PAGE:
As the last of the summer flowers show their stuff, we find there’s not enough time in a day to get to (or capture) all of the goings on that preoccupy us these days. A friend once told us that “the last twenty percent of your house will take fifty percent of the time to complete.” He was right. With our Douglas-fir flooring now firmly in place, things seem close to being finished. “Seem,” is the word of the day, however, since there is still electrical and plumbing to finish, along with kitchen cabinets, which arrive next week. (Oh for a dose of patience.)
To get ready for all of that, sanding those floors is the work of the day, along with tending to garden and chickens when time allows. Here’s a little bit of what we’ve learned of late, in case you find it useful too:
: Zinnias and sunflowers make great September bouquets. These mixes (California Giants and Sunflower Tall Blend) have given us blooms all summer long. The purple coneflower from Botanus performed beautifully in its first year, with many more to come from this popular perennial.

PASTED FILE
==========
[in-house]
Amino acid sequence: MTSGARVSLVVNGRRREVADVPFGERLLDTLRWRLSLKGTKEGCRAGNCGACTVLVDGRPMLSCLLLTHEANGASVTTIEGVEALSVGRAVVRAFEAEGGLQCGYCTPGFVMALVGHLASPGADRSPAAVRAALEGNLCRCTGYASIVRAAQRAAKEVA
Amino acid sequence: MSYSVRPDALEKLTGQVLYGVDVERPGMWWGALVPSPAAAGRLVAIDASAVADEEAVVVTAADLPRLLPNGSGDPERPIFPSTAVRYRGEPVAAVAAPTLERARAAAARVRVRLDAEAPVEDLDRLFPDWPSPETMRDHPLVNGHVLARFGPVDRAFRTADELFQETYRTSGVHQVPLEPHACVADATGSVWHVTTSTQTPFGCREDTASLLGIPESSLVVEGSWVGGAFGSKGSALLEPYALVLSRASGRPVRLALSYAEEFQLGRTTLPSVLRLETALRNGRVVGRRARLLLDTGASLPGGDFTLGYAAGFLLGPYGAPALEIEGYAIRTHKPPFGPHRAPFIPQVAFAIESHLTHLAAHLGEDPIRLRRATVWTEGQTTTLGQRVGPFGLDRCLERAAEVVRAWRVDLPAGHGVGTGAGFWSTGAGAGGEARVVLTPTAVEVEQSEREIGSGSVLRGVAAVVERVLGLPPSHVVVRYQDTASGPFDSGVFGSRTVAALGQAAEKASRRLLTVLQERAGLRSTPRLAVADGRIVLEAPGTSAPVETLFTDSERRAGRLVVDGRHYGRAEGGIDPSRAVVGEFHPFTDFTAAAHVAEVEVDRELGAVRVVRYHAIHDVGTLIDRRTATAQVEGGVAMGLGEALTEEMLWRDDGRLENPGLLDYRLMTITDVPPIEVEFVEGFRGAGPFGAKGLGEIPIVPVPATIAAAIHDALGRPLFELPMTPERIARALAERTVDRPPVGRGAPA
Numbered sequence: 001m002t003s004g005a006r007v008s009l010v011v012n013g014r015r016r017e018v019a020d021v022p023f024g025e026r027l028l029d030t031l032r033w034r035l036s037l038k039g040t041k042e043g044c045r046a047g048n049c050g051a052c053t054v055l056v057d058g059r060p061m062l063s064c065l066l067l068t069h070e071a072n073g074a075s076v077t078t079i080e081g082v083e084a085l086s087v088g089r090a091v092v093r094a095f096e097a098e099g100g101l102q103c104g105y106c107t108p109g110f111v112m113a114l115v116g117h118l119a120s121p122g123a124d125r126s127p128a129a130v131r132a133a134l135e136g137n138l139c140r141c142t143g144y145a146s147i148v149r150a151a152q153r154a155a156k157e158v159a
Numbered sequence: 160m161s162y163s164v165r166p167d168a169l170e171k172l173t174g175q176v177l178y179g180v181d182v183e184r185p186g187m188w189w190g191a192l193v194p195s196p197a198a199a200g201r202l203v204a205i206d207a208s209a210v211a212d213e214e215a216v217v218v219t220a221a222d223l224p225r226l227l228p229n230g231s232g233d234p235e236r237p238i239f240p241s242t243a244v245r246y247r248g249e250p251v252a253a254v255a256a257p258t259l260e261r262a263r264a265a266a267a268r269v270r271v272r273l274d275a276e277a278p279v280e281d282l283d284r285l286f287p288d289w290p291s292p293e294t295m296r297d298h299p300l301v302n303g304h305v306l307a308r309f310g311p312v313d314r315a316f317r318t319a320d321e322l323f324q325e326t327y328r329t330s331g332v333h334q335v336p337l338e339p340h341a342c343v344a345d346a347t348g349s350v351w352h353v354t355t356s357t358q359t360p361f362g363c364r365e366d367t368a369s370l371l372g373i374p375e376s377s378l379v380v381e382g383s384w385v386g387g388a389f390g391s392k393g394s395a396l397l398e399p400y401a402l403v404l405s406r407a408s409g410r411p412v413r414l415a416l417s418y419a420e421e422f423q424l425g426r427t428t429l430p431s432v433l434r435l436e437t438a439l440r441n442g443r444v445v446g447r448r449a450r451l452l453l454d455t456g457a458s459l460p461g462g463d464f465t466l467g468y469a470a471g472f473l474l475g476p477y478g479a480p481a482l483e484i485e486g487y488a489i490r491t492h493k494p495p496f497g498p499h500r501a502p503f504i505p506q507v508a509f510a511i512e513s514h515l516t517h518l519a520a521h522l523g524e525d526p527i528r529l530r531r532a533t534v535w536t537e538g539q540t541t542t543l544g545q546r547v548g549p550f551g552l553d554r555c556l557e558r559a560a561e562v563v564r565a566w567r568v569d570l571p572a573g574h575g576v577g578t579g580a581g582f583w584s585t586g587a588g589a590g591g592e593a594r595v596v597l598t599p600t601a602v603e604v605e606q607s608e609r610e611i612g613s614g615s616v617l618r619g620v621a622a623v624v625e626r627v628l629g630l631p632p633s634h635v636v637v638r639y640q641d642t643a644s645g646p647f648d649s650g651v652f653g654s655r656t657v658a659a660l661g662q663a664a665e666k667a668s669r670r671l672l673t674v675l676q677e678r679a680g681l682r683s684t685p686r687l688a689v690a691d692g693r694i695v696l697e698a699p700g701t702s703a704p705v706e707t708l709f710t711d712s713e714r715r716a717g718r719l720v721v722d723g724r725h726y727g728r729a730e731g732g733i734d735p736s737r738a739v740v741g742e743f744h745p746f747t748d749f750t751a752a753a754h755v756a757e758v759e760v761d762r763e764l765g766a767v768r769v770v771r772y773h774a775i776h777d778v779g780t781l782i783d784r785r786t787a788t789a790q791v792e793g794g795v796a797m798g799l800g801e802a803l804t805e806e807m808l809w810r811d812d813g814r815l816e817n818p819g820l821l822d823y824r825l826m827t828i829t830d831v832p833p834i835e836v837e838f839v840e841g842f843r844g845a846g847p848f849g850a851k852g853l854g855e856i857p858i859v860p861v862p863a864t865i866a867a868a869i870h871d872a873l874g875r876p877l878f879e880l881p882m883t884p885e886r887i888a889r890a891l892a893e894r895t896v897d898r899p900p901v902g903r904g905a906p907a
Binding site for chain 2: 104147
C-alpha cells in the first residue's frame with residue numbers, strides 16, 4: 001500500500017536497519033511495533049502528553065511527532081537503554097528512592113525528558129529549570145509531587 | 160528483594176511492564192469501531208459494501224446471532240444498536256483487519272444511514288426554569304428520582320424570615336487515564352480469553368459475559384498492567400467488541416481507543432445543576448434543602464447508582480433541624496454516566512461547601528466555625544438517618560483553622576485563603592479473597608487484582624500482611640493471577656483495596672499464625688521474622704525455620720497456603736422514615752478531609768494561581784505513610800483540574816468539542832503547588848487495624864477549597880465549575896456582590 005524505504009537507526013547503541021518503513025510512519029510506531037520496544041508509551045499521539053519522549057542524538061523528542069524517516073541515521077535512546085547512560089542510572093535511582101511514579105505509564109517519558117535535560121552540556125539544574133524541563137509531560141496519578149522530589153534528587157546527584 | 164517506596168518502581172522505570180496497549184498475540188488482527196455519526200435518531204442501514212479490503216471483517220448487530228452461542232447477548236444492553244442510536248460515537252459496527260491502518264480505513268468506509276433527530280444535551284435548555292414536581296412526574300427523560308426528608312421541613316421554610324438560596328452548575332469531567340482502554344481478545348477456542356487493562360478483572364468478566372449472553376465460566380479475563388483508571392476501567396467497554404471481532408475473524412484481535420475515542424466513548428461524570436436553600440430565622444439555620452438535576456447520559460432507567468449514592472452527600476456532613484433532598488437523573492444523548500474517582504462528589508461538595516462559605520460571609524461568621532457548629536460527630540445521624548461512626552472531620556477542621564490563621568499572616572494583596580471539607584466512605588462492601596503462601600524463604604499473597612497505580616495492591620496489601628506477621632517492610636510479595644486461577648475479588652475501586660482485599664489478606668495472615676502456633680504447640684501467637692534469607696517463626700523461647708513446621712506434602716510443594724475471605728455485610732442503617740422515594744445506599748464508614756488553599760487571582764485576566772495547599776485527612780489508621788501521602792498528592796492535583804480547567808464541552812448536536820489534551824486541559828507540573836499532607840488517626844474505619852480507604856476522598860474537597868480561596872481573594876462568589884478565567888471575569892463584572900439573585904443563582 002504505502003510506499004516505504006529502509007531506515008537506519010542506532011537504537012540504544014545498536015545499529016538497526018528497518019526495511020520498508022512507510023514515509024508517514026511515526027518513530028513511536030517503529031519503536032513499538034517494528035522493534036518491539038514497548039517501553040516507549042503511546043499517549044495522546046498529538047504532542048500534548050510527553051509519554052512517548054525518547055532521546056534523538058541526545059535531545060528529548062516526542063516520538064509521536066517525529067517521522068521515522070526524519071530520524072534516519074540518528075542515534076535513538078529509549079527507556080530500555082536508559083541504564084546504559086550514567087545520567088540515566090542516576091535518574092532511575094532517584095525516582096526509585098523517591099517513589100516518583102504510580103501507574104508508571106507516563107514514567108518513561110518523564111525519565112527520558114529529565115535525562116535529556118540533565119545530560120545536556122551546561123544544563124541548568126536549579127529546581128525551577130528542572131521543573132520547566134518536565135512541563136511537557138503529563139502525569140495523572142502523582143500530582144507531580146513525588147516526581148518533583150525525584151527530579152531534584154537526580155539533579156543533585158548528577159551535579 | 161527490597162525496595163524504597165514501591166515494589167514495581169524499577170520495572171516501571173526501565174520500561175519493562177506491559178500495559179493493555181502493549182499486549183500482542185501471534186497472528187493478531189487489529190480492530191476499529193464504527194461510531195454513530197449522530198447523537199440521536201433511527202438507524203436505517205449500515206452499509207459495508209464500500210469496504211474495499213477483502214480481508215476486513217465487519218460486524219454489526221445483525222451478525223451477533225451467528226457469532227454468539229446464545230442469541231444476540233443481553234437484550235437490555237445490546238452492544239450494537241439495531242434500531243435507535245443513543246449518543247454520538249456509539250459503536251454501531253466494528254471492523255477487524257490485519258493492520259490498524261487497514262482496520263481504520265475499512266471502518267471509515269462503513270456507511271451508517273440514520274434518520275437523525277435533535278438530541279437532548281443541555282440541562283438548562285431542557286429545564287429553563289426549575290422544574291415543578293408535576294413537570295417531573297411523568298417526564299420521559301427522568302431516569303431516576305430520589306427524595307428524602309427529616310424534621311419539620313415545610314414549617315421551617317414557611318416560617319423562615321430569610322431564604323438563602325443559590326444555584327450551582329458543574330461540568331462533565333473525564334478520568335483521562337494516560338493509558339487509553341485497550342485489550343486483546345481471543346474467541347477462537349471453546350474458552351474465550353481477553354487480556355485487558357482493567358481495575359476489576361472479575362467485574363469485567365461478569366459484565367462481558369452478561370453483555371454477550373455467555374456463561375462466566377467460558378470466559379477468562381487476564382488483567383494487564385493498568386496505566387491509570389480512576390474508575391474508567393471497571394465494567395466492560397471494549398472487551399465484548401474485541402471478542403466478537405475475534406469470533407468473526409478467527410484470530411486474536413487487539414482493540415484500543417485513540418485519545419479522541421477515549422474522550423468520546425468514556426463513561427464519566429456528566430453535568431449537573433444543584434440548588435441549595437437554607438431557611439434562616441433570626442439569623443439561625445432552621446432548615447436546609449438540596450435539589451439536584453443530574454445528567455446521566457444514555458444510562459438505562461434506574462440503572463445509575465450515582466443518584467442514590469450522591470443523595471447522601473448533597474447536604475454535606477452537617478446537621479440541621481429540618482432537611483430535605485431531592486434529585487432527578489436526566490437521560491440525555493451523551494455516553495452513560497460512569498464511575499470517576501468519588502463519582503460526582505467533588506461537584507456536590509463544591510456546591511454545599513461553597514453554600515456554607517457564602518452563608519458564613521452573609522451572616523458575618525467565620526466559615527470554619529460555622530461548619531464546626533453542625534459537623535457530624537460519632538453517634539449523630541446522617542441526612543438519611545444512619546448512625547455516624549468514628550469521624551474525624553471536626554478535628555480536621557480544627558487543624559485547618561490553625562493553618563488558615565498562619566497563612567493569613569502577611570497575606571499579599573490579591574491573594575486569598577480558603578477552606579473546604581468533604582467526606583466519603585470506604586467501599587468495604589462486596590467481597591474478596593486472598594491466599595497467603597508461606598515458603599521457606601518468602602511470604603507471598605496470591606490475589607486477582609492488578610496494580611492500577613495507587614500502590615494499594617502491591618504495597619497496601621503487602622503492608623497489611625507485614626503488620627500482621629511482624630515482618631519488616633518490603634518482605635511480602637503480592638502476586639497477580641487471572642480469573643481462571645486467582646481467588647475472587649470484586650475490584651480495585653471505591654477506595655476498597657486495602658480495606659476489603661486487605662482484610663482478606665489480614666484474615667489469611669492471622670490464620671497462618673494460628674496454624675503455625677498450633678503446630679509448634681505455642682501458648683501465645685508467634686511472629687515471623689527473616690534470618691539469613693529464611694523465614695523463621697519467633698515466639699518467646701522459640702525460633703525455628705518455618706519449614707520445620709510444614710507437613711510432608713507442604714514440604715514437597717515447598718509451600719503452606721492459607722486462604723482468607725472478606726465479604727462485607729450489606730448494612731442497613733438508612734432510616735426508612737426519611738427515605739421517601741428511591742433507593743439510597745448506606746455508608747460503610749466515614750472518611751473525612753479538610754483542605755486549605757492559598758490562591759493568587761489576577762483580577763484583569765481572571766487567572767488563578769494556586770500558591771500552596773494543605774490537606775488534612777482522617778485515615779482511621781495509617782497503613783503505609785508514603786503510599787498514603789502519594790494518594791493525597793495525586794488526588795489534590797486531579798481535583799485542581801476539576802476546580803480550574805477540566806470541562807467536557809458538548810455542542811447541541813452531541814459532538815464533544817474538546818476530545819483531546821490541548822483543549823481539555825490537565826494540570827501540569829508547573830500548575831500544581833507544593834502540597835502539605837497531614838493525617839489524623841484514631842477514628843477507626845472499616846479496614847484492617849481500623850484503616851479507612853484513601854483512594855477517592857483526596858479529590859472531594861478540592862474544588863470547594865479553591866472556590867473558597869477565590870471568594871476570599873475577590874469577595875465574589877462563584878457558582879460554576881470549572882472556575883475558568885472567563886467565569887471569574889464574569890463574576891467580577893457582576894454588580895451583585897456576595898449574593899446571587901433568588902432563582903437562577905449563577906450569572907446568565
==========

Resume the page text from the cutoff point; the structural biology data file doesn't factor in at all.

: Laying Douglas-fir, tongue-and-groove flooring is a many-step process. From milling boards on-site, to sending them away for shaping, planing, and drying (to installing them back at home), it’s not something you can rush. Having extra sets of ear protectors for those little helpers is also a good idea.
: Moving the chicken house and run every few weeks is optimal if at all possible. Electro-mesh fencing is a fantastic invention if you remember to turn it on.
: A late crop of Blue Lake pole beans will thrive if planted in July here on the coast and the weather is right. Luckily this year the weather was right. Planting bush beans is even better because they require less days to mature.
: The garlic harvest is best celebrated with ample doses of pesto and slow-cooker squash soup. One can apparently never have too much garlic.
What lessons do you have to share?